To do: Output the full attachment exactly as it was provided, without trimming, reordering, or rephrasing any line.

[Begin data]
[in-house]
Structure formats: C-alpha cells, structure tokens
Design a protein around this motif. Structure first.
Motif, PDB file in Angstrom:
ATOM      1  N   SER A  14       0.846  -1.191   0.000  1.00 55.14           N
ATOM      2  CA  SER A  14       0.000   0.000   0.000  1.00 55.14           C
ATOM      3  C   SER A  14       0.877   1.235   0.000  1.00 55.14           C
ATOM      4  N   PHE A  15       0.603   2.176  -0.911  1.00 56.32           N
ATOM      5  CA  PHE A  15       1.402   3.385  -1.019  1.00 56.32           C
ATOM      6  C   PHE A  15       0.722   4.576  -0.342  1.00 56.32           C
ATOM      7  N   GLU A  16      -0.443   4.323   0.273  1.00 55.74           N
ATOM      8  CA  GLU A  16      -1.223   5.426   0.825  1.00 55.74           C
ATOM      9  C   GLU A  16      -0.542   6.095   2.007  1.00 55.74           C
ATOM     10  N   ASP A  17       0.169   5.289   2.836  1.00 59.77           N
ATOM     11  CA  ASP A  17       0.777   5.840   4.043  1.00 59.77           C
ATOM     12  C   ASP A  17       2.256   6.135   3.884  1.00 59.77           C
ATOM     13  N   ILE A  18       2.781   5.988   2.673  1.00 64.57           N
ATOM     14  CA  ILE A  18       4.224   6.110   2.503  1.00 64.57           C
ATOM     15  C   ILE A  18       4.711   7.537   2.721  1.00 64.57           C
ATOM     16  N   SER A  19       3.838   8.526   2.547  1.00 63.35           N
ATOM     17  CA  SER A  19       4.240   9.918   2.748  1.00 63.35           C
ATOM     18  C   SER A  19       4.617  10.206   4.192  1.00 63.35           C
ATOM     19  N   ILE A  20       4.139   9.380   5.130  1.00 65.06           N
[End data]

[in-house]
Structure formats: C-alpha cells, structure tokens
Design a protein around this motif. Structure first.
Motif, PDB file in Angstrom:
ATOM      1  N   SER A  14       0.846  -1.191   0.000  1.00 55.14           N
ATOM      2  CA  SER A  14       0.000   0.000   0.000  1.00 55.14           C
ATOM      3  C   SER A  14       0.877   1.235   0.000  1.00 55.14           C
ATOM      4  N   PHE A  15       0.603   2.176  -0.911  1.00 56.32           N
ATOM      5  CA  PHE A  15       1.402   3.385  -1.019  1.00 56.32           C
ATOM      6  C   PHE A  15       0.722   4.576  -0.342  1.00 56.32           C
ATOM      7  N   GLU A  16      -0.443   4.323   0.273  1.00 55.74           N
ATOM      8  CA  GLU A  16      -1.223   5.426   0.825  1.00 55.74           C
ATOM      9  C   GLU A  16      -0.542   6.095   2.007  1.00 55.74           C
ATOM     10  N   ASP A  17       0.169   5.289   2.836  1.00 59.77           N
ATOM     11  CA  ASP A  17       0.777   5.840   4.043  1.00 59.77           C
ATOM     12  C   ASP A  17       2.256   6.135   3.884  1.00 59.77           C
ATOM     13  N   ILE A  18       2.781   5.988   2.673  1.00 64.57           N
ATOM     14  CA  ILE A  18       4.224   6.110   2.503  1.00 64.57           C
ATOM     15  C   ILE A  18       4.711   7.537   2.721  1.00 64.57           C
ATOM     16  N   SER A  19       3.838   8.526   2.547  1.00 63.35           N
ATOM     17  CA  SER A  19       4.240   9.918   2.748  1.00 63.35           C
ATOM     18  C   SER A  19       4.617  10.206   4.192  1.00 63.35           C
ATOM     19  N   ILE A  20       4.139   9.380   5.130  1.00 65.06           N